“I’m very encouraged that we could see action on these critically important measures very soon,” said Zeitlin, who heads the Leadership Conference’s CEDAW Project. “The Senate now needs only to put its votes where its rhetoric is.” A two-thirds majority is required for treaty ratification.

Chairing the crowded hearing, Sen. Barbara Boxer (D-CA) agreed. “We need to move on legislation that carries out this notion – not very radical – that we are all created equal,” she said. “It’s ridiculous, it’s embarrassing, it’s inexplicable” that the United States has not yet joined 187 other countries in ratifying CEDAW.

Hauwa Ibrahim, a Nigerian attorney who defends women sentenced under Sharia law to abuses such as death by stoning, testified that U.S. ratification “would be a huge partnership with our own work and make our work go easier….a collective interest beyond north versus south or Christian versus Muslim.” Defending women’s rights, she said, is “a responsibility of our common humanity,” and the United States “is our beacon of hope.”

Fully 219 of the girls captured in Nigeria by the radical Boko Haram organization remain missing she said. “We are still living in disbelief that it happened.”

Catherine M. Russell, U.S Ambassador-At-Large for Global Women’s Issues, pledged Obama administration support for CEDAW and IVAWA passage. “CEDAW would be an important additional tool to urge countries to immediately address gender-based violence,” she said. “We can’t underestimate the power it would have in the world.”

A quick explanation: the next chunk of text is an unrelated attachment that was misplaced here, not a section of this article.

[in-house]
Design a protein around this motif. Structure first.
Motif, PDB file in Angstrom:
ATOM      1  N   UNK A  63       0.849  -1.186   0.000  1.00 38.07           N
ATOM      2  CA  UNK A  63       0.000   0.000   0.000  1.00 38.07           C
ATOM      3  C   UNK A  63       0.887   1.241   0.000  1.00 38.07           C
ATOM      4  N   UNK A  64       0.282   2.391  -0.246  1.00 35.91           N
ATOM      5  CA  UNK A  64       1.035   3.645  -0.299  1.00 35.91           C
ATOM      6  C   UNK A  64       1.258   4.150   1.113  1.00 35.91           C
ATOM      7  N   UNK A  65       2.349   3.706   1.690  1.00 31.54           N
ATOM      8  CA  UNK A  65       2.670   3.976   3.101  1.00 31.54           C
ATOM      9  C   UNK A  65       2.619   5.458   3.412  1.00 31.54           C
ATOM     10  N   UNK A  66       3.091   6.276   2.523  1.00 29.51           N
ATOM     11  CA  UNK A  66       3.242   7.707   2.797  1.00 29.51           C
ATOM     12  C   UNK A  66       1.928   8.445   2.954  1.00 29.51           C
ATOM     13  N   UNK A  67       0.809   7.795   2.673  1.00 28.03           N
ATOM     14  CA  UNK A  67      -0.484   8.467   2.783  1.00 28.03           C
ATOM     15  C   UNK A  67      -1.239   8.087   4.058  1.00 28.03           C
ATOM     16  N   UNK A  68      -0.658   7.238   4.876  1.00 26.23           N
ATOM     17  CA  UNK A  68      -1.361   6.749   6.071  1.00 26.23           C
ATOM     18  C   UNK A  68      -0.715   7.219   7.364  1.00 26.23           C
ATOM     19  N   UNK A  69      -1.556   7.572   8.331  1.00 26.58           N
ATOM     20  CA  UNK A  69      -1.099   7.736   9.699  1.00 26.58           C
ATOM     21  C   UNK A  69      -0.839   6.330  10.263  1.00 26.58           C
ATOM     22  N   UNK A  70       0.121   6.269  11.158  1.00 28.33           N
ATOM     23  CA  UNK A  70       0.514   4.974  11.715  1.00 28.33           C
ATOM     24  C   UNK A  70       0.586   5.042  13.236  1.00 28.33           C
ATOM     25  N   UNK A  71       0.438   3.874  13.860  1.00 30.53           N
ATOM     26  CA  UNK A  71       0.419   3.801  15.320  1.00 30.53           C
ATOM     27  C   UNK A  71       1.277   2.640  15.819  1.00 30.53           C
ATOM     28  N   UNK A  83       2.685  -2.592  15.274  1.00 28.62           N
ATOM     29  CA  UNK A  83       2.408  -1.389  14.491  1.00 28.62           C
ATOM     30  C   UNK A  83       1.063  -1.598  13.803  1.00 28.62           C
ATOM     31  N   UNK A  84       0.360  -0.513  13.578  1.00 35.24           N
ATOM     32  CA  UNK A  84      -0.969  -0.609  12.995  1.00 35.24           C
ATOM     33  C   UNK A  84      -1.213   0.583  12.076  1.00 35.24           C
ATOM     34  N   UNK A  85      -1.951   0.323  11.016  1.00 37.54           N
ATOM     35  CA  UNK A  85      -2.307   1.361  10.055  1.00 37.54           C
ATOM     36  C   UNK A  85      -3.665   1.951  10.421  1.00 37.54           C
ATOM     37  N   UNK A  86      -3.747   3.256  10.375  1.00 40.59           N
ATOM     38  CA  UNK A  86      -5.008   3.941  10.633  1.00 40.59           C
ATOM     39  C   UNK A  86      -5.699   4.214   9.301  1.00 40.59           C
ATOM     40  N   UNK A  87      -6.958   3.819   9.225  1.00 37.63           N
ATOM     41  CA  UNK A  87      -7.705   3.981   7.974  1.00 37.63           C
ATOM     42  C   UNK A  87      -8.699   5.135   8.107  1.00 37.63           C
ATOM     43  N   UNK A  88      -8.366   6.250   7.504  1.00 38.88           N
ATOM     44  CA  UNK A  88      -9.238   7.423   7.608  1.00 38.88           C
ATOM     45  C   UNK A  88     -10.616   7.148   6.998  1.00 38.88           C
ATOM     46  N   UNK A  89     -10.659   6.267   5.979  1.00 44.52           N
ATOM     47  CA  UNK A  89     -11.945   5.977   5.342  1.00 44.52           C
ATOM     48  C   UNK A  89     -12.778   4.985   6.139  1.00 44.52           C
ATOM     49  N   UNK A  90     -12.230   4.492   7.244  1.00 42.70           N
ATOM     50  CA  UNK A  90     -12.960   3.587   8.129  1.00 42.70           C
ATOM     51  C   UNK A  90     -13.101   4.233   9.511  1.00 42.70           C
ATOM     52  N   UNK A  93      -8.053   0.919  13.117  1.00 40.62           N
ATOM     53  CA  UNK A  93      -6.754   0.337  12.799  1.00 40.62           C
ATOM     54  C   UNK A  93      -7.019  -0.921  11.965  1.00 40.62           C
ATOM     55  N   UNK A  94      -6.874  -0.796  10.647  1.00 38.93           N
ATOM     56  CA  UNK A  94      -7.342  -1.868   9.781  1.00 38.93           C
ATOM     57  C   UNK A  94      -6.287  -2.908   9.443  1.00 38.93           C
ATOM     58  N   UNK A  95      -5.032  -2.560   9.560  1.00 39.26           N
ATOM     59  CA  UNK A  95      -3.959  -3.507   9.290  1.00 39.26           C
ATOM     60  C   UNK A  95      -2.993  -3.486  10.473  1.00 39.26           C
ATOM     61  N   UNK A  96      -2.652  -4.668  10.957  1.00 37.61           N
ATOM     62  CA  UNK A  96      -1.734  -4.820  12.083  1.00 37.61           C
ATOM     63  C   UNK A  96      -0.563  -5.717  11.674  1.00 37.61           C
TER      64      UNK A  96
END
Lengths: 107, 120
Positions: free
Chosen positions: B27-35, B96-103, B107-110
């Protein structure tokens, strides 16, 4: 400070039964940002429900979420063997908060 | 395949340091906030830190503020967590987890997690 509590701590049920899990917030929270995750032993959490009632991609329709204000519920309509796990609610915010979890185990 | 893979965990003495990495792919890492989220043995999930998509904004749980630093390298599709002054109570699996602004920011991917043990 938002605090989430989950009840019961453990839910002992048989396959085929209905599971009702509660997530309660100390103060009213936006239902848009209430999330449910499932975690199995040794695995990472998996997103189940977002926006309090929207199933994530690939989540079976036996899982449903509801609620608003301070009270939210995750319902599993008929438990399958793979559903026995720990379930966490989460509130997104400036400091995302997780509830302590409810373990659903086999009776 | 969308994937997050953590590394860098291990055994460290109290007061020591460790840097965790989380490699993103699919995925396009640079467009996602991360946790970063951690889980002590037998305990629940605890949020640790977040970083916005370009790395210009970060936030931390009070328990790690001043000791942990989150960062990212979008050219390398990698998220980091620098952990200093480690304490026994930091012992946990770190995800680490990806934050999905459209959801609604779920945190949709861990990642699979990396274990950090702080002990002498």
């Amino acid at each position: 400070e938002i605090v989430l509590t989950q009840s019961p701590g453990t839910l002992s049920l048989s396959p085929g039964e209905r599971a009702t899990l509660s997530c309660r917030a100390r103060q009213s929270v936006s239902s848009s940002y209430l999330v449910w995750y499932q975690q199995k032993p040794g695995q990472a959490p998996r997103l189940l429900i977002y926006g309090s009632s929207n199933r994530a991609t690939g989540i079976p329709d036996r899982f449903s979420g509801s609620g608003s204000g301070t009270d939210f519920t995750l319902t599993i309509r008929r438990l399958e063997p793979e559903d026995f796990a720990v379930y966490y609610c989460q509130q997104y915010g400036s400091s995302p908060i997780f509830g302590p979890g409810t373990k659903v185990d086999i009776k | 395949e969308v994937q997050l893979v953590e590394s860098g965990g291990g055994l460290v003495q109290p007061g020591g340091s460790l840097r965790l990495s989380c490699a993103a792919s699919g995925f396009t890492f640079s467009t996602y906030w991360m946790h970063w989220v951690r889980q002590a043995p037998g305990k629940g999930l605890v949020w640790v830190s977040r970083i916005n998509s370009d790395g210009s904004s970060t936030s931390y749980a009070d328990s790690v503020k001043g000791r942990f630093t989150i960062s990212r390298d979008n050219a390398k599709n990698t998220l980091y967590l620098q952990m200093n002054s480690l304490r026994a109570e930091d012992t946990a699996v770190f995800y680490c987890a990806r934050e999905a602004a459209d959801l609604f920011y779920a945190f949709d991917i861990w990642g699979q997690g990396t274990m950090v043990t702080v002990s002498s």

Boxer urged those present to make their views known to the rest of the Senate. “This is not complicated. This is an issue that has a solution,” she said.

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Holding on to a Historical Holiday: Juneteenth

By Quaila Hugh, a Summer 2014 Leadership Conference Education Fund Intern

Before social media, it took time for news to travel.

The news of the emancipation of all slaves, for example, took two years to travel to the South, arriving when General Gordon Granger announced on June 19, 1965 in Galveston, Texas, that all slaves were free. This came two years after President Lincoln’s Emancipation Proclamation and months after Gen. Robert E. Lee’s surrender. Nevertheless, Black Independence Day was born.

Juneteenth is not a national holiday yet, and other than Obama’s commemoration in 2012, there has not been much national media attention around the day. But it should be remembered and celebrated as one.

Juneteenth is an opportunity to reflect on the legacy of slavery. We should collectively celebrate a day when African Americans reclaimed their humanity and when our country decided to live up to its moral standards.

The celebration of Juneteenth also reminds us that our history should never be forgotten. Celebrate in your own way, but celebrate to ensure that this day, one that isn’t necessarily taught in America’s schools, continues to be remembered.